Russia’s invasion of Ukraine presents a “substantial risk” to the recovery of global light-vehicle sales this year, auto industry consultants J.D. Power and LMC Automotive said in a joint forecast on Friday.
The consultants cut their forecast for global light-vehicle sales by 400,000 to 85.8 million units, also due to rising oil and aluminum prices that could discourage buyers from spending on new cars and trucks.
The supply and prices of vehicles across the globe will be under added pressure based on the severity and duration of the conflict in Ukraine, said Jeff Schuster, president of Americas operations and global vehicle forecasts, at LMC Automotive.
Russia’s attack on Ukraine caused oil prices to surge to more than $100 a barrel for the first time since 2014 on Thursday, with Brent touching $105.
The auto industry is still grappling with a global chip shortage that has forced them to cut back production, although high car prices have offset that impact to an extent.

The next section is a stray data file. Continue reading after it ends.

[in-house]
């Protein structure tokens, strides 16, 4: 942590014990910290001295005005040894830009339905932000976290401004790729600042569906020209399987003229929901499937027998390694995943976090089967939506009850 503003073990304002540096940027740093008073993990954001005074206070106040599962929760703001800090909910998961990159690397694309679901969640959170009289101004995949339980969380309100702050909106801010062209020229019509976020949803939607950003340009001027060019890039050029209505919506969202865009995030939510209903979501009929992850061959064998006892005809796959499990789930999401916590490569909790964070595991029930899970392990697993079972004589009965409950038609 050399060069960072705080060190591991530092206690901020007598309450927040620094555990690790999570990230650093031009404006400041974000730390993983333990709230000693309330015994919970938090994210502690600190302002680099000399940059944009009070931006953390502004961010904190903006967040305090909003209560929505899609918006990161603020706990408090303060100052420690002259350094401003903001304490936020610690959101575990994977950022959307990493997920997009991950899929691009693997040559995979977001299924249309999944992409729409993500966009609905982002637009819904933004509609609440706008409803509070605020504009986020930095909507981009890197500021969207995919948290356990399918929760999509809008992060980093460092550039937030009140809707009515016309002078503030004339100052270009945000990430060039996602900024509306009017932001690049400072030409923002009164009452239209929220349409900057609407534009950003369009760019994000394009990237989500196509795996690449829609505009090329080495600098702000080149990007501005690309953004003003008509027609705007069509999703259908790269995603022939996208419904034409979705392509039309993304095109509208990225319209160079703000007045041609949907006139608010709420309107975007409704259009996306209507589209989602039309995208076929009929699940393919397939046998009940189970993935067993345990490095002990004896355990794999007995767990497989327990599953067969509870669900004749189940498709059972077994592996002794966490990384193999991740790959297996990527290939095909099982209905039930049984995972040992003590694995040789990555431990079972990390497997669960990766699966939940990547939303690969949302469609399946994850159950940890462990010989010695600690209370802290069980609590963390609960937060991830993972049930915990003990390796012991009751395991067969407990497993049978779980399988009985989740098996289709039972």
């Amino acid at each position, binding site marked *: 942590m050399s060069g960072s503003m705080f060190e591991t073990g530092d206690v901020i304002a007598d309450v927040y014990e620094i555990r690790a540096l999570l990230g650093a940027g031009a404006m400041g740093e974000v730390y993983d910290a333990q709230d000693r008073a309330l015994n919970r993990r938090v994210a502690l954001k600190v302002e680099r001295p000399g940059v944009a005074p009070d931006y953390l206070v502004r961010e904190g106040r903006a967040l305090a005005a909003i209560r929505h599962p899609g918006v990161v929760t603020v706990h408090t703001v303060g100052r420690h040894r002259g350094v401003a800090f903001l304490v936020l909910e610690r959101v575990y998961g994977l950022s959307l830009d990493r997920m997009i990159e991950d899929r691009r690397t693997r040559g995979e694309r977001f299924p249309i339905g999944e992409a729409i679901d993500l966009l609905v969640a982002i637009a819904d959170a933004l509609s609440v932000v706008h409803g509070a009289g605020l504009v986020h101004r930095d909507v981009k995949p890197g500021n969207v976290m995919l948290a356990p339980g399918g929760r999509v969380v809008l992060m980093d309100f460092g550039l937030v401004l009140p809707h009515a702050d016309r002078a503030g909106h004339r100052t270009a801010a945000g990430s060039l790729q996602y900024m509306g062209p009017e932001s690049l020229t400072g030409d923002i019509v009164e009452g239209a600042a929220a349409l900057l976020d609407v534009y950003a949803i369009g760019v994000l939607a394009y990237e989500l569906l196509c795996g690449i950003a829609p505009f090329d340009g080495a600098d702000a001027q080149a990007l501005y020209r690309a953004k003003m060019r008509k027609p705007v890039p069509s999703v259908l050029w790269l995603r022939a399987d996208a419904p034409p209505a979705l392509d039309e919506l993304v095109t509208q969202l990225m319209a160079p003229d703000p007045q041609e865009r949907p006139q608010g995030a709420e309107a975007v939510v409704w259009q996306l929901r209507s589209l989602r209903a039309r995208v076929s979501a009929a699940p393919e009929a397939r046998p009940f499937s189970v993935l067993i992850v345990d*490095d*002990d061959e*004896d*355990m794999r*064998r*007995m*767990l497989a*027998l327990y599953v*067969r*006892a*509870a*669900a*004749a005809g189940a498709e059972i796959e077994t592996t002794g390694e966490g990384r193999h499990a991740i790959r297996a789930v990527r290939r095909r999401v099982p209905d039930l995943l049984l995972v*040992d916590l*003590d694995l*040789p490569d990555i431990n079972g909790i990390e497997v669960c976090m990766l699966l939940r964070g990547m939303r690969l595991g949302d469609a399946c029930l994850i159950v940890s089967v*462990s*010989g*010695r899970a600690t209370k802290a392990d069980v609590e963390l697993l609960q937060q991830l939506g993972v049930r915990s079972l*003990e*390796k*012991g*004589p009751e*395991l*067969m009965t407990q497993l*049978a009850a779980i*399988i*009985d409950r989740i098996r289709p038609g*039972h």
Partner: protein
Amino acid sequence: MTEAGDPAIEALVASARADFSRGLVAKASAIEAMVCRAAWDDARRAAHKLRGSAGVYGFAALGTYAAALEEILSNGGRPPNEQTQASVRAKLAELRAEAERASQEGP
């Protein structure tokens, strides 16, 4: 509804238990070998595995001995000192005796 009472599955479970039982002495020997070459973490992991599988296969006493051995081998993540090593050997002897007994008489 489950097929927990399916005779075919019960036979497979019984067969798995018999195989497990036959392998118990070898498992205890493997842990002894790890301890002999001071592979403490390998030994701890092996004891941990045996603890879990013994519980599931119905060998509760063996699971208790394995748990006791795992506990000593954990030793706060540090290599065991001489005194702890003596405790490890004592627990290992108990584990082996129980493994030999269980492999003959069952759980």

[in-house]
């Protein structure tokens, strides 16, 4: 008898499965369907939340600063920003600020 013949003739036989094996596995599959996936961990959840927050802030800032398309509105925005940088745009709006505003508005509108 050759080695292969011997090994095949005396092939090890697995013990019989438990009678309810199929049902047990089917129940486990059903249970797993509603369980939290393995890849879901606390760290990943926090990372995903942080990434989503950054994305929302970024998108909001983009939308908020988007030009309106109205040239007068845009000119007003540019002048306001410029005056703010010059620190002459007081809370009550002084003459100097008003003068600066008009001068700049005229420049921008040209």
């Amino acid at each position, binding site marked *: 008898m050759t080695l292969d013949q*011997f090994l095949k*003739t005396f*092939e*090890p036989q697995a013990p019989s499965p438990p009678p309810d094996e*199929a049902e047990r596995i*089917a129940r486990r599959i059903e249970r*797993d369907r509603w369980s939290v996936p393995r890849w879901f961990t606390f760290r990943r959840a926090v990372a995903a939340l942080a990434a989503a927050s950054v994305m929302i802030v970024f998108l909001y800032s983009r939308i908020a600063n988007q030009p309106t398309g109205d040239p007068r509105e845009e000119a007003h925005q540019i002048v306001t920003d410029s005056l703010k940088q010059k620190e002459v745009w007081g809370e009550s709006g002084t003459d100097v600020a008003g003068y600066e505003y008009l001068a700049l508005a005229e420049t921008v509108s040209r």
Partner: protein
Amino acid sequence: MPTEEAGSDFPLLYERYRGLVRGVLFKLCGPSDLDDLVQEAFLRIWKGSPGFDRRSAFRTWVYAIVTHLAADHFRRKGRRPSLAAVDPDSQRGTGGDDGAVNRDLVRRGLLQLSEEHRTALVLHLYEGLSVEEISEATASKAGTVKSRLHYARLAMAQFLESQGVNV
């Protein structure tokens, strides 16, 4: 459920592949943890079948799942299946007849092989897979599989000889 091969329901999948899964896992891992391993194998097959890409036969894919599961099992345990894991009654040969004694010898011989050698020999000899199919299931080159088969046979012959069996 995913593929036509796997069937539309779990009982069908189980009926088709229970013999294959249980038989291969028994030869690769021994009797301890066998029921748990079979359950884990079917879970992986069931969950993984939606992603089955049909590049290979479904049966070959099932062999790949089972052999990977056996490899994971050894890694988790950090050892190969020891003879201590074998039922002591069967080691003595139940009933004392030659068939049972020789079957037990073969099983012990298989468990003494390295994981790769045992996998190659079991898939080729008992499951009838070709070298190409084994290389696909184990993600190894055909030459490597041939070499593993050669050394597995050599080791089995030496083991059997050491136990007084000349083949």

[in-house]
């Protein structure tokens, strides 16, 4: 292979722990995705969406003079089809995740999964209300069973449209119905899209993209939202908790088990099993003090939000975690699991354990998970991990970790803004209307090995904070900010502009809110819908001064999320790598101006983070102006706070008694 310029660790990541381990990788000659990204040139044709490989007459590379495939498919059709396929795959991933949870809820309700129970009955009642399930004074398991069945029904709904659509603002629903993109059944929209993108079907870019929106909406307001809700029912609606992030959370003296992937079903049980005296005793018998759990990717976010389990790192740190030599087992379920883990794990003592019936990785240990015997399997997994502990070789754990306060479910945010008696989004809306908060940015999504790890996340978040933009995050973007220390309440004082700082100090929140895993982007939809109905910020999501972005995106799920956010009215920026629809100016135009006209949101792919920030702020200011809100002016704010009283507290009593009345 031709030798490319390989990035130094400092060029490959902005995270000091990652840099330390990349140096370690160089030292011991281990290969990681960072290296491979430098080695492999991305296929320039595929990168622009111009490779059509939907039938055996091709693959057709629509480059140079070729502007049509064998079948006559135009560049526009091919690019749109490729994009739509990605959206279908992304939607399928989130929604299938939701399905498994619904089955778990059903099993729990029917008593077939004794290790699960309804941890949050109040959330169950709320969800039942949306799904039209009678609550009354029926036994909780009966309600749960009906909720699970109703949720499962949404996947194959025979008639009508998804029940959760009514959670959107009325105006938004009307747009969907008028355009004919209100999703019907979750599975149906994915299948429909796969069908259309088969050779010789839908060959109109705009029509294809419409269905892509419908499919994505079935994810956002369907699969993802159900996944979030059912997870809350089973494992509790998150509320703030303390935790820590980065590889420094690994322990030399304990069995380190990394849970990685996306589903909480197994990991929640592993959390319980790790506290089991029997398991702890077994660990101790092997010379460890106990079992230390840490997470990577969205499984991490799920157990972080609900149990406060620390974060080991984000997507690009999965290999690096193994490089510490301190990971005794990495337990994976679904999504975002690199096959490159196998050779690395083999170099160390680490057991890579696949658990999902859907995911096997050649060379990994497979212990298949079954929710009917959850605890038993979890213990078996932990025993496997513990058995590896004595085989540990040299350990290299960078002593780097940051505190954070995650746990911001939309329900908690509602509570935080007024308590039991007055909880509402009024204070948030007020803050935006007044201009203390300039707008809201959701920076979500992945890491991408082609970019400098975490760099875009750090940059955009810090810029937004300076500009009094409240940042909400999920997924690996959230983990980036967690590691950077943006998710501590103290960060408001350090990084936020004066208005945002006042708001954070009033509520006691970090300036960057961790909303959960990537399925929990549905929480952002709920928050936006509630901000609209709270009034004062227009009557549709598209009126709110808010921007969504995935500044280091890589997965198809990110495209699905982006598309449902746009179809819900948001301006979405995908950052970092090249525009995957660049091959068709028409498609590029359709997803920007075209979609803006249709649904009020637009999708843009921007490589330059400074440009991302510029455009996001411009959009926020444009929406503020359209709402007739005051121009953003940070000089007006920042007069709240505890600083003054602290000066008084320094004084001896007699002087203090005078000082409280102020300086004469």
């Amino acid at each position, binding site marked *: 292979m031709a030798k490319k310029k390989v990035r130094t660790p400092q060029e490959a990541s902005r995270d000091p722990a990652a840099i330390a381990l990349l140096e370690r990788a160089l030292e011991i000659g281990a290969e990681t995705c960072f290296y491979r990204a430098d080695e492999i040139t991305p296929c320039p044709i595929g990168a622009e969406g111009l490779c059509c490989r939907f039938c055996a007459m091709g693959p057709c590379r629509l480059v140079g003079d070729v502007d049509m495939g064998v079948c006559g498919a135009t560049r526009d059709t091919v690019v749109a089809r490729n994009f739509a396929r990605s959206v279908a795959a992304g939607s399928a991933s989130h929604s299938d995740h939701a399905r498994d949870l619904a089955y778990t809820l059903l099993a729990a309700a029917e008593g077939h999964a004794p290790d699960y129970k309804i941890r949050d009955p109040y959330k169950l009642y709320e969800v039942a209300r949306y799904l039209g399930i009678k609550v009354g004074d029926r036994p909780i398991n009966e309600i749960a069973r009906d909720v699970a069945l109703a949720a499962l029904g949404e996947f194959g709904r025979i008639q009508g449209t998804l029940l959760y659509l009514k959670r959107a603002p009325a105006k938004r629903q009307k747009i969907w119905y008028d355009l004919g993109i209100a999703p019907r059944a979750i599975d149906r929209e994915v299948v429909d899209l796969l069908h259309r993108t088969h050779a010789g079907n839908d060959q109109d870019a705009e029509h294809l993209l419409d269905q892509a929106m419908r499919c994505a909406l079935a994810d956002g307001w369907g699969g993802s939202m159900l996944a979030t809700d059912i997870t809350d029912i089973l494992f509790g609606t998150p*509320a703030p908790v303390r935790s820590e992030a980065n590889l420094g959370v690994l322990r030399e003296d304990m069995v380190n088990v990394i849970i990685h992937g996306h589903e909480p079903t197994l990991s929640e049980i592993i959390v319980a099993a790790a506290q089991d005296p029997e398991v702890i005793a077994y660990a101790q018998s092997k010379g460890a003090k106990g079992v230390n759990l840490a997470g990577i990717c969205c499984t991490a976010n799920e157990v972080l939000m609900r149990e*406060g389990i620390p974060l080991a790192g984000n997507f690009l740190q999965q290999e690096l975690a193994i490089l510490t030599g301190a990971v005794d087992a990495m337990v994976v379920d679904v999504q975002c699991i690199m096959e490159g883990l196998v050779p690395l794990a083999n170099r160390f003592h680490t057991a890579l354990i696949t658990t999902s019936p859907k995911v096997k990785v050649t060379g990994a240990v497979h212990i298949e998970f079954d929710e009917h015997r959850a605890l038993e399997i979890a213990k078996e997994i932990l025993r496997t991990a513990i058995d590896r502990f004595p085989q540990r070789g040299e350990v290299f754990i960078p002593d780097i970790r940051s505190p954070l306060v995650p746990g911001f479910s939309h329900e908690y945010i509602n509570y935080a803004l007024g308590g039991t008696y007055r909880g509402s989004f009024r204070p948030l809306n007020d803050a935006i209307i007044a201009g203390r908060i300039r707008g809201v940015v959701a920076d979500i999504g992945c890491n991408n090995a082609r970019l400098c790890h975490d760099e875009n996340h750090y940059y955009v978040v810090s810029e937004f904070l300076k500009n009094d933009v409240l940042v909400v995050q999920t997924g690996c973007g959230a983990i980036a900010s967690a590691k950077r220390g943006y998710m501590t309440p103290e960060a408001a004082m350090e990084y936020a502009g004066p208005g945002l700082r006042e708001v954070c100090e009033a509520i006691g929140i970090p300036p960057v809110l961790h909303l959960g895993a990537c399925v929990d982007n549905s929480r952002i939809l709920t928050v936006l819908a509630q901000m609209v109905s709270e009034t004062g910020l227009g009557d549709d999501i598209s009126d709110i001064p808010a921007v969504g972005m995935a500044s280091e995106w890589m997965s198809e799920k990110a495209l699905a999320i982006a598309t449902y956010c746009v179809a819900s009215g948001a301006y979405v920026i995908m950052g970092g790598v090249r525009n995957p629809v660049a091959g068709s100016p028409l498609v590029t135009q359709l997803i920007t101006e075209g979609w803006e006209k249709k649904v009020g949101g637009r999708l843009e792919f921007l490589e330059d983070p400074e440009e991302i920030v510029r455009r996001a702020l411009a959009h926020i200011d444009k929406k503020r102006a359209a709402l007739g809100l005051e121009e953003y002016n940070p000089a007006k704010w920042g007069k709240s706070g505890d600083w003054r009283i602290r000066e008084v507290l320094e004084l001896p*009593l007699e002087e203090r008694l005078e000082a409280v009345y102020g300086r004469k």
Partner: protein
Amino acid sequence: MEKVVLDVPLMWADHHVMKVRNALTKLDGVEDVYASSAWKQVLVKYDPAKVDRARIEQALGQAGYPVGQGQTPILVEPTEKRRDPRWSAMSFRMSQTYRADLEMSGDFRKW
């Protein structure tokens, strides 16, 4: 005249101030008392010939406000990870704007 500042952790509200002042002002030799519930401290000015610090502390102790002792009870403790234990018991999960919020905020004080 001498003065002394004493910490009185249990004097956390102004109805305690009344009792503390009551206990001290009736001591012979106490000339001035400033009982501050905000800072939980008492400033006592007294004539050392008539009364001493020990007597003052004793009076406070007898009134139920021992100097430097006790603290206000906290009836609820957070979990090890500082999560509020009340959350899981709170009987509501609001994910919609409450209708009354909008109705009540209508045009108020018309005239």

February U.S. retail sales of new vehicles are expected to fall 5.7% to 922,100 units, although average transaction prices are set to hit a monthly record of $44,460, an 18.5% jump.
“Ongoing supply chain disruptions, along with near-term announcements of production outages by several manufacturers, mean that the aggregate inventory situation is unlikely to change in March,” said Thomas King, president of the data and analytics division at J.D. Power.
However, the volume of global light-vehicle sales is expected to rise 5% in 2022, according to the report.
(Reporting by Nilanjana Basu in Bengaluru; Editing by Amy Caren Daniel)